Originally built in 1851, the four-storey, end-of-terrace house exemplified Victorian residential architecture in its compartmentalised layout and poor quality of natural light. Faced with such conditions, the design team set upon completely reconfiguring the internal layout keeping only the street facing façade intact in line with the area’s planning restrictions, which in effect meant demolishing the building and reconstructing it literally from scratch.
At the centre of the building, the architects have incorporated a slender light well extending down to the raised ground floor and an open staircase that goes all the way from the upper floors down to the lower ground floor and the new basement below, both of which have been conceived in sculptural terms and crowned by large frameless skylights. These two bold gestures enhance the fluidity of the vertically stacked living spaces and allow natural light to percolate throughout the core of the building as reflected in the project’s name. “The name Light Falls perfectly expresses the soul of the house”, explain the design team, “the cascading effect of daylight, brought in vertical motion to the centre of the building, enlivens the interior spaces and dissolves the borders between outdoor and indoor spaces”.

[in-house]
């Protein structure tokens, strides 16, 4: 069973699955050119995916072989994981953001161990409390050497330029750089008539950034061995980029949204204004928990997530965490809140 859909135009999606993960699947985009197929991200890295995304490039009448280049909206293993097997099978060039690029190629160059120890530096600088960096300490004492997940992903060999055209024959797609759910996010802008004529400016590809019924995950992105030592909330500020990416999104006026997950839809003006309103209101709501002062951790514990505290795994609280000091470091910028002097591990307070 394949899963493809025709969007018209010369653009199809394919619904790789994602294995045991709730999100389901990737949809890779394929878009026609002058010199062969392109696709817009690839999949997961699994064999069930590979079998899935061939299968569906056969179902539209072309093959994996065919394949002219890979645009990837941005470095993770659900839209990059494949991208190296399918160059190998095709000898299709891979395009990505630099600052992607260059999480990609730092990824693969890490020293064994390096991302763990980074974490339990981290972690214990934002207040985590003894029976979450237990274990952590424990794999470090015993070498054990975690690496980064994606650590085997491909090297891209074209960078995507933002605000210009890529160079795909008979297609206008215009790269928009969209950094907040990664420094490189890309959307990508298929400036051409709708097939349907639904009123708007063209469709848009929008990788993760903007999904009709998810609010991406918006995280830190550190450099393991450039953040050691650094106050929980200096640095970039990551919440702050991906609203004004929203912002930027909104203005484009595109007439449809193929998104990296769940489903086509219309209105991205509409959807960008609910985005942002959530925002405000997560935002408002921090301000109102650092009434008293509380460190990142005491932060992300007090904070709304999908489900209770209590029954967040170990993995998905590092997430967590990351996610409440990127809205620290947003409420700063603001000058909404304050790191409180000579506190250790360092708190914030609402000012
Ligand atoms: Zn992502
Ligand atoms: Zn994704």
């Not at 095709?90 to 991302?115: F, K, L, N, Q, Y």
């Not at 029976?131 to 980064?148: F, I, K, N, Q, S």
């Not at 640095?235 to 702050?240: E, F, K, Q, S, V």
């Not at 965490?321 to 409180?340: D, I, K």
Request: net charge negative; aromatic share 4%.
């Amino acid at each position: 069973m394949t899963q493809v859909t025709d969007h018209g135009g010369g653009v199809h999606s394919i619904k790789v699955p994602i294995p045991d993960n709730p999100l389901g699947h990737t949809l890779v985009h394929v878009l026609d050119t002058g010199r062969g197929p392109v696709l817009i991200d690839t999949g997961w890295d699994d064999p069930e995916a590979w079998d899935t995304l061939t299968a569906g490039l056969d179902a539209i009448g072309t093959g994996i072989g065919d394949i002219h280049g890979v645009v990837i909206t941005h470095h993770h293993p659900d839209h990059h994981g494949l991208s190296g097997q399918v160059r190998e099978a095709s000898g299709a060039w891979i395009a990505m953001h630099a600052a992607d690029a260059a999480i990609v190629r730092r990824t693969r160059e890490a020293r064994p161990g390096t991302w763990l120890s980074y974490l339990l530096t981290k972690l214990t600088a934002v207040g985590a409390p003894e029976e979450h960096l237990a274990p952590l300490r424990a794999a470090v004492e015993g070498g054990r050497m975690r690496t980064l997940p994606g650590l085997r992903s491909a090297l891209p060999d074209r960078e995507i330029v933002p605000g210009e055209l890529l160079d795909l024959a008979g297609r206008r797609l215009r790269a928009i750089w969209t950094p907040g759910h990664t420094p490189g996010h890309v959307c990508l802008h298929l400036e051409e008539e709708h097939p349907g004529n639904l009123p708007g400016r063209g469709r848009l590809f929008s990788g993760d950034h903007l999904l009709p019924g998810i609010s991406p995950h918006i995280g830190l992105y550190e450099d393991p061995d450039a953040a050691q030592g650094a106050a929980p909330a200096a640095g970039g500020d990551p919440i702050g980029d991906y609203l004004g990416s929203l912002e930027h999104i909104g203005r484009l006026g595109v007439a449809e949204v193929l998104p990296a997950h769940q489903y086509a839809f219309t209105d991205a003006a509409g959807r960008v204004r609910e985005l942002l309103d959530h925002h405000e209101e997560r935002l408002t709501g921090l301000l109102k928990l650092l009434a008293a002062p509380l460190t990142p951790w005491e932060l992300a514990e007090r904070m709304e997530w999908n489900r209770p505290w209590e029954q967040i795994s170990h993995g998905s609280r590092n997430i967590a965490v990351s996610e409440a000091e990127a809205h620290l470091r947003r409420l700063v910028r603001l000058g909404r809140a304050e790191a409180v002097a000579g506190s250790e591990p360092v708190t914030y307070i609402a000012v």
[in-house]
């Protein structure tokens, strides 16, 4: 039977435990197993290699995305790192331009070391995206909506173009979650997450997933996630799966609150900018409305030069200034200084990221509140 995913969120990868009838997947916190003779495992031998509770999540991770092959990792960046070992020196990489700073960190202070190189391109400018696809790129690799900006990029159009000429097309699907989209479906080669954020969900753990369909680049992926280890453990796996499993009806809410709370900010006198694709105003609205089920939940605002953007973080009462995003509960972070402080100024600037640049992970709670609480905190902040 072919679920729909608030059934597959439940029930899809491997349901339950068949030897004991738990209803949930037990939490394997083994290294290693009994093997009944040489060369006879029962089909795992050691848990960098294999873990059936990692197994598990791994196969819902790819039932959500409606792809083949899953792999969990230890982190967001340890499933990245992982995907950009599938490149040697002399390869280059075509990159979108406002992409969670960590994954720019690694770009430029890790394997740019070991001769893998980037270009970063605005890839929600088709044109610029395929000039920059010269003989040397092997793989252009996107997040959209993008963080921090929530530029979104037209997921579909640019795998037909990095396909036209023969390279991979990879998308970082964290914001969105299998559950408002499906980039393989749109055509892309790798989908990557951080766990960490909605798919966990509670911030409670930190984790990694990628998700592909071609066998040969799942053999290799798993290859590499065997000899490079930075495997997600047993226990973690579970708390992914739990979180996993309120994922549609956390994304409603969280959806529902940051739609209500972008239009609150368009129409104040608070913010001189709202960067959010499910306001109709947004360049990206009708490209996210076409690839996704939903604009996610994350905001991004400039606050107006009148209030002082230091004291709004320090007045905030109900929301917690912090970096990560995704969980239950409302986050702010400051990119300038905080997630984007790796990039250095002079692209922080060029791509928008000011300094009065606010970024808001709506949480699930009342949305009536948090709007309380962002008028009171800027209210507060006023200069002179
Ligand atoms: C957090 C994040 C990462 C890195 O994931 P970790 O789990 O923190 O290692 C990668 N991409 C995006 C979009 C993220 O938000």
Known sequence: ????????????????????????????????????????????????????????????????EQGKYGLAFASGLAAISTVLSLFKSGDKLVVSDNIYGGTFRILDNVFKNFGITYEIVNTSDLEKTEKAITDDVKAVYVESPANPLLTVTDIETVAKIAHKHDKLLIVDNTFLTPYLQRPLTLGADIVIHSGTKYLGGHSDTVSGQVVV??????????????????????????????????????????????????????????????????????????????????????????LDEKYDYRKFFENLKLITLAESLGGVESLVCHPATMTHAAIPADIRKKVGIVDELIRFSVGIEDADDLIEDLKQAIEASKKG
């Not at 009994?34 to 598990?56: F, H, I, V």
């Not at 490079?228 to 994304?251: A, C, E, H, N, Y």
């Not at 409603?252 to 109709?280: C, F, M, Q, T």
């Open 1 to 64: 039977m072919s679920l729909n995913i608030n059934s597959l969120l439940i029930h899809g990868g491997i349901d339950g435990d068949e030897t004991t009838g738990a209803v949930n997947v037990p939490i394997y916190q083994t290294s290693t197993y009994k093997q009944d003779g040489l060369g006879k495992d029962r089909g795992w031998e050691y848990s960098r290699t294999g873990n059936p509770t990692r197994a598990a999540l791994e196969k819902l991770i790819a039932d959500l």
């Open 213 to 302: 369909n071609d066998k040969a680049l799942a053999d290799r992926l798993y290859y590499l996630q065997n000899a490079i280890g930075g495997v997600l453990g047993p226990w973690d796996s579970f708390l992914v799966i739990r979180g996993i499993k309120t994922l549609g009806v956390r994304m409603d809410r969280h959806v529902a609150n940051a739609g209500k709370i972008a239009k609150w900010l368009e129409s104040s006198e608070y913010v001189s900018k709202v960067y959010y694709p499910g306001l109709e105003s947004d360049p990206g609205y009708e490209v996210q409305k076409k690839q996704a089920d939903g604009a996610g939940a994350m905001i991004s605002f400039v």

Visual connections between indoors and outdoors also abound, centred on an all-glass extension featuring panoramic sliding doors connecting the dining area and living room above with the terrace and garden on the back of the property.Echoing the sculptural geometry of the light well and staircase, the gently curved terrace accommodates a large walnut tree that dominates the landscaped garden, as do the organically shaped planters and serpentine footpath.